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Title:The role of quenched disorder, interfaces and confinement on the glassy dynamics of colloidal suspensions, thermal liquids and films
Author(s):Phan, Anh Duc
Director of Research:Schweizer, Kenneth S.
Doctoral Committee Chair(s):Dahmen, Karin A.
Doctoral Committee Member(s):Aksimentiev, Aleksei; Evans, Christopher
Department / Program:Physics
Degree Granting Institution:University of Illinois at Urbana-Champaign
Subject(s):glass transition, thin film, polymers, colloids, structural relaxation
Abstract:Understanding the slow activated glassy dynamics of colloidal and thermal (molecular, metallic, polymer) fluids in the presence of quenched disorder, interfaces and/or confinement is of fundamental science importance and relevant for materials applications. My overarching goal is to construct new, microscopic, force-level statistical mechanical theories to determine qualitatively and quantitatively the dynamics of confined systems using relatively simple models, make testable predictions and compare to experiments. The Elastically Collective Nonlinear Langevin Equation (ECNLE) theory for activated relaxation in the bulk serves as the starting point to predict dynamical arrest, the shear modulus and alpha relaxation time. First, I construct a new theoretical framework for the dynamics of bulk isotropic hard-sphere fluids and colloidal suspensions in the presence of randomly pinned particles, and also apply it to real thermal liquids. The randomly-pinned particle systems are also used to describe caging constraints at solid substrates in supported films. Second, I propose an improved treatment of collective elasticity effects in films to capture geometric asymmetry due to modified boundary conditions. Third, a new theory is constructed for how the local dynamic free energy that quantifies spatial caging constraints in glass-forming liquids at a surface and how such perturbations are propagated into the film. Fourth, novel predictions are made under anisotropic confinement in specific classes of films with a vapor interface(s), roughly and smooth hard substrates, and a vibrating (softened) pinned particle solid which reflect a complex interplay between glassy dynamics, elastic and topographic properties of surfaces, and physical adsorption. The spatial gradient of alpha relaxation time and glass transition temperature, interfacial and vitrified dead-layer thickness, spatial decoupling of relaxation in films from the bulk, elastic shear modulus, and characteristic length scales are calculated and are found to be in good agreement with simulations of simple models and experiments on molecular and polymeric liquids.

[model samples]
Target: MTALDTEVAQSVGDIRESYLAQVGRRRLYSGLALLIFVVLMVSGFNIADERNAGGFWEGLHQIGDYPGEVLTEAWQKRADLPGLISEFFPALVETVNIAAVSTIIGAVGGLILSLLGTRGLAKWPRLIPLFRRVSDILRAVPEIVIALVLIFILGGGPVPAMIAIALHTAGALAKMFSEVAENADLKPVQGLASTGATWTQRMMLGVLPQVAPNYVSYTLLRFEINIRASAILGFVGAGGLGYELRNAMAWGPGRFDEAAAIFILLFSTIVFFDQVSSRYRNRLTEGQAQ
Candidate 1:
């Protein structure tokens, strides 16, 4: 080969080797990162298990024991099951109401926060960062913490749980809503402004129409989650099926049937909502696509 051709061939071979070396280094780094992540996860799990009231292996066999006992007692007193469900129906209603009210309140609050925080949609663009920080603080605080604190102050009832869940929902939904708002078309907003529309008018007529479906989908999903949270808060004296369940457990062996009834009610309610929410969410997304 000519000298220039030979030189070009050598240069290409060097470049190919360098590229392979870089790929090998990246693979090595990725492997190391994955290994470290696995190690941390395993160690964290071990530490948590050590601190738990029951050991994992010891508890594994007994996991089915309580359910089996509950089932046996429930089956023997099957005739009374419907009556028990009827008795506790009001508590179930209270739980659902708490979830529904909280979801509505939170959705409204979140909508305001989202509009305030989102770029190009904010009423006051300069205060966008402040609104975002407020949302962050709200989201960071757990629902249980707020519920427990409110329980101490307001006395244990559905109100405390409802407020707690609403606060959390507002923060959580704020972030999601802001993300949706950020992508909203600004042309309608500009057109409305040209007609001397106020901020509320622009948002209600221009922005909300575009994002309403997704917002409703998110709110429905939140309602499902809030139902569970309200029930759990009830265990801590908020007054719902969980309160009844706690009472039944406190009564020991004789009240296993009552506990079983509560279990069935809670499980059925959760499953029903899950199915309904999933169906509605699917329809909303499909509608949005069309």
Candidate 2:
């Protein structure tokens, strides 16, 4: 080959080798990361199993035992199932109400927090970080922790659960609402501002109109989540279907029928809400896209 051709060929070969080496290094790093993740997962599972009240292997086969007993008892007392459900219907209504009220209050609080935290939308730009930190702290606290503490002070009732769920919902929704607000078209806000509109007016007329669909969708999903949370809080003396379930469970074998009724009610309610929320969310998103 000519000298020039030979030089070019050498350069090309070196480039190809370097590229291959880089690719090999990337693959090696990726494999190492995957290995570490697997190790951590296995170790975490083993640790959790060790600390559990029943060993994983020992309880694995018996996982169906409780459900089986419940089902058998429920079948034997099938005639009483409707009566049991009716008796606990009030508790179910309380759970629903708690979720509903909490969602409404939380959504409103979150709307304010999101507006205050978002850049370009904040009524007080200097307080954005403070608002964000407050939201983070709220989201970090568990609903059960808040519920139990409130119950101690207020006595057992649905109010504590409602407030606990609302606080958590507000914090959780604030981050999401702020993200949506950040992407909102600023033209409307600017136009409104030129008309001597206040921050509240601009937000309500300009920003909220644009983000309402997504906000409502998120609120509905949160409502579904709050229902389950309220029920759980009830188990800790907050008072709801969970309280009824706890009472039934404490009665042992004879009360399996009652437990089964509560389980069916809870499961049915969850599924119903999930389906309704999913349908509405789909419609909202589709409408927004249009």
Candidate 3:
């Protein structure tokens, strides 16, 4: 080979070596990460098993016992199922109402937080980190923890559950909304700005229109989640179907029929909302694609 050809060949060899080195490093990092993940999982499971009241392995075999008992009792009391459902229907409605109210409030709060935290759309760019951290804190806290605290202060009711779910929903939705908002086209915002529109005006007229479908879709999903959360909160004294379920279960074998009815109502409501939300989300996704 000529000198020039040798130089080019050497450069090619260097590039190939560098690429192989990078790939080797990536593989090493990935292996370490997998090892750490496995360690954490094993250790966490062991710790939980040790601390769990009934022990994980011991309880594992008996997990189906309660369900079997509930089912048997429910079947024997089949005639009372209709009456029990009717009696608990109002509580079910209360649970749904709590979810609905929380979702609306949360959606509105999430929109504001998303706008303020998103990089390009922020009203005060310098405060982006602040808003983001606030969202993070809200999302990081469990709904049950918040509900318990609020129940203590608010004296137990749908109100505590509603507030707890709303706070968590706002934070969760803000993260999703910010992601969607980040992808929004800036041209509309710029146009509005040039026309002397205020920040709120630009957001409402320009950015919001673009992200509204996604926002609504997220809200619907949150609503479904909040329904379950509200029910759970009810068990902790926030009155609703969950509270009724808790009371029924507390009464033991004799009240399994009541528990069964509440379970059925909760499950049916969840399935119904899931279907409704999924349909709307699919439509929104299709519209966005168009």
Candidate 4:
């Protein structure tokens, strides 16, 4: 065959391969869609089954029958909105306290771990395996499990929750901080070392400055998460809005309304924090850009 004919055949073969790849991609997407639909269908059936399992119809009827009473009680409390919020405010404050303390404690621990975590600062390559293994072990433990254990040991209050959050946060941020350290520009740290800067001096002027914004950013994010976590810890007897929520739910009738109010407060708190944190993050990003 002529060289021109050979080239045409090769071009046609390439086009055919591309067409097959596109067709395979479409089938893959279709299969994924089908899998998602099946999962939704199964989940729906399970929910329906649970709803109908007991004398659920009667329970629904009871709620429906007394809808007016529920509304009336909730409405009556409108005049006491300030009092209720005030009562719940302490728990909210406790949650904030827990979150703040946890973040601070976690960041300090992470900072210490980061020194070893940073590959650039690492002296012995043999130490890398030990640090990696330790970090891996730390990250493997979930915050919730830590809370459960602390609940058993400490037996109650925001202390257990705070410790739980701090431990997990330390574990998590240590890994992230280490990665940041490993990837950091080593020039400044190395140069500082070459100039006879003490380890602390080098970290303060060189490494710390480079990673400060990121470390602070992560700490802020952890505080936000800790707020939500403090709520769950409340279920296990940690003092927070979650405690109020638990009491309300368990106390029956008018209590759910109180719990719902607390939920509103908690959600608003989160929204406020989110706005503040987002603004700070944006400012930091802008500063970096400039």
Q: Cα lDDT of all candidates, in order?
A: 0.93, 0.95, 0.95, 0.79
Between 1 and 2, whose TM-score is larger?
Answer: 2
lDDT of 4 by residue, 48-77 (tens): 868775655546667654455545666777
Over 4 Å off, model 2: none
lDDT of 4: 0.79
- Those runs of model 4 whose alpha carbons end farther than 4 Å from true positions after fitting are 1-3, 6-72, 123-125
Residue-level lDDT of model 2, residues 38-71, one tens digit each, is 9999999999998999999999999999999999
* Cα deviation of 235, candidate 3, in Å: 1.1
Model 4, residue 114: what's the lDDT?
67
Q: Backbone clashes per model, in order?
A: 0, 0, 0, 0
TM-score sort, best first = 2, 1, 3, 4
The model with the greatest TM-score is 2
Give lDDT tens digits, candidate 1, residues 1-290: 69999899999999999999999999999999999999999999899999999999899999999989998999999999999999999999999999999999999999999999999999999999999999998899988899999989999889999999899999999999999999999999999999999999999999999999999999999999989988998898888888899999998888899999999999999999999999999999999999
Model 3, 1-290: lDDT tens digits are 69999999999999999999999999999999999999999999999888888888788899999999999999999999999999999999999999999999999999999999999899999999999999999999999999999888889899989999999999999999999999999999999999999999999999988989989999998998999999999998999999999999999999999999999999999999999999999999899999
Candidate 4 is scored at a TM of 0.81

Issue Date:2018-11-30
Rights Information:Copyright 2018 Anh Phan
Date Available in IDEALS:2019-02-06
Date Deposited:2018-12

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